# API reference

Welcome to the Meilisearch API documentation. If you are new to Meilisearch, check out our quick start guide!

Meilisearch is a RESTful API. This page describes the general behavior of the API.

# OpenAPI

You can download the Meilisearch OpenAPI specifications at:

# Document conventions

This API documentation uses the following conventions:

  • Curly braces ({}) in API routes represent path parameters, for example, GET /indexes/{index_uid}
  • Required fields are marked by an asterisk (*)
  • Placeholder text is in uppercase characters with underscore delimiters, for example, MASTER_KEY

# Authorization

By providing Meilisearch with a master key at launch, you protect your instance from unauthorized requests. The provided master key must be at least 16 bytes. From then on, you must include the Authorization header along with a valid API key to access protected routes (all routes except /health.

# replace the MASTER_KEY placeholder with your master key
curl \
  -X GET 'http://localhost:7700/keys' \
  -H 'Authorization: Bearer MASTER_KEY'

The /keys route can only be accessed using the master key. For security reasons, we recommend using regular API keys for all other routes.


v0.24 and below use the X-MEILI-API-KEY: apiKey authorization header:

curl \
  -X GET 'http://<your-domain-name>/version' \
  -H 'X-Meili-API-Key: API_KEY'  

To learn more about keys and security, refer to our dedicated guide.

# Pagination

Meilisearch paginates all GET routes that return multiple resources, for example, GET /indexes, GET /documents, GET /keys, etc. This allows you to work with manageable chunks of data. All these routes return 20 results per page, but you can configure it using the limit query parameter. You can move between pages using offset.

All paginated responses contain the following fields:

Name Type Description
offset Integer Number of resources skipped
limit Integer Number of resources returned
total Integer Total number of resources

# /tasks endpoint

Since the /tasks endpoint uses a different type of pagination, the response contains different fields. You can read more about it in the tasks API reference.

# Parameters

Parameters are options you can pass to an API endpoint to modify its response. There are three main types of parameters in Meilisearch's API: request body parameters, path parameters, and query parameters.

# Request body parameters

These parameters are mandatory parts of POST, PUT, and PATCH requests. They accept a wide variety of values and data types depending on the resource you're modifying. You must add these parameters to your request's data payload.

# Path parameters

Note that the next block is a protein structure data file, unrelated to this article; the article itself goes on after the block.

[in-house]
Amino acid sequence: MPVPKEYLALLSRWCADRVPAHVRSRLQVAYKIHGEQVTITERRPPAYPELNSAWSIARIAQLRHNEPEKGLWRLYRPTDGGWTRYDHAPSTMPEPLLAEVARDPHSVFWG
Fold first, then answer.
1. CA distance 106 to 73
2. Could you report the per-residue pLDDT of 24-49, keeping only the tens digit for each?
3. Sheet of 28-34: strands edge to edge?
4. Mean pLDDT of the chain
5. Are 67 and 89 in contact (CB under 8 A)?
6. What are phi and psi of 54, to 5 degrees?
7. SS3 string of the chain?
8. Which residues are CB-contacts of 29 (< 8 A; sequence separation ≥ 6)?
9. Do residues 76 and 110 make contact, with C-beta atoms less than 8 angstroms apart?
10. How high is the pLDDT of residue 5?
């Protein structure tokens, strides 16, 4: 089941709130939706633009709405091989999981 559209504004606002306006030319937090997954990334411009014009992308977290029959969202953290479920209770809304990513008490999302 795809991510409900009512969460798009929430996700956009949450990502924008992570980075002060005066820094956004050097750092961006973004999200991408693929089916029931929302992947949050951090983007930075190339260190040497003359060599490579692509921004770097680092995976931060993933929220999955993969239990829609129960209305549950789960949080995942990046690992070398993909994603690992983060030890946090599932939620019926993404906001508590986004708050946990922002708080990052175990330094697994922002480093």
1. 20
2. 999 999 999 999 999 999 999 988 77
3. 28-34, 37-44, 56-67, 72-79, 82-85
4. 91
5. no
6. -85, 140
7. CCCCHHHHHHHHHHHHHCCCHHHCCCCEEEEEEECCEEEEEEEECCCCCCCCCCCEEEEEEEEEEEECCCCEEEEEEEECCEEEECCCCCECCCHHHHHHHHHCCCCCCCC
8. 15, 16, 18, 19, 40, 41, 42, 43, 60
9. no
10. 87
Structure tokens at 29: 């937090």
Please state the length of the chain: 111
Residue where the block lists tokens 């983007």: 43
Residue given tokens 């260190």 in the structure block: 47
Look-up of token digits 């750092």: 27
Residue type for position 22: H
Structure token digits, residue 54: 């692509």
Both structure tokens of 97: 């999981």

These are parameters you pass to the API in the endpoint's path. They are used to identify a resource uniquely. You can have multiple path parameters, for example, /indexes/{index_uid}/documents/{document_id}.

If an endpoint does not take any path parameters, this section is not present in that endpoint's documentation.

# Query parameters

These optional parameters are a sequence of key-value pairs and appear after the question mark (?) in the endpoint. You can list multiple query parameters by separating them with an ampersand (&). The order of query parameters does not matter. They are mostly used with GET endpoints.

If an endpoint does not take any query parameters, this section is not present in that endpoint's documentation.

# Headers

# Content type

Any API request with a payload (--data-binary) requires a Content-Type header. Content type headers indicate the media type of the resource, helping the client process the response body correctly.

Meilisearch currently supports the following formats:

  • Content-Type: application/json for JSON
  • Content-Type: application/x-ndjson for NDJSON
  • Content-Type: text/csv for CSV

Only the add documents and update documents endpoints accept NDJSON and CSV. For all others, use Content-Type: application/json.

# Content encoding

The Content-Encoding header indicates the media type is compressed by a given algorithm. Compression improves transfer speed and reduces bandwidth consumption by sending and receiving smaller payloads. The Accept-Encoding header, instead, indicates the compression algorithm the client understands.

Meilisearch supports the following compression methods:

# Request compression

The code sample below uses the Content-Encoding: gzip header, indicating that the request body is compressed using the gzip algorithm:

 cat ~/movies.json | gzip | curl -X POST 'http://localhost:7700/indexes/movies/documents' --data-binary @- -H 'Content-Type: application/json' -H 'Content-Encoding: gzip'

# Response compression

Meilisearch compresses a response if the request contains the Accept-Encoding header. The code sample below uses the gzip algorithm:

curl -sH 'Accept-encoding: gzip' 'http://localhost:7700/indexes/movies/search' | gzip -

# Request body

The request body is data sent to the API. It is used with PUT, POST, and PATCH methods to create or update a resource. You must provide request bodies in JSON.

# Response body

Meilisearch is an asynchronous API. This means that in response to most write requests, you will receive a summarized version of the task object:

    "taskUid": 1,
    "indexUid": "movies",
    "status": "enqueued",
    "type": "indexUpdate",
    "enqueuedAt": "2021-08-11T09:25:53.000000Z"

You can use this taskUid to get more details on the status of the task.

See more information about asynchronous operations.

# Data types

The Meilisearch API supports JSON data types (opens new window).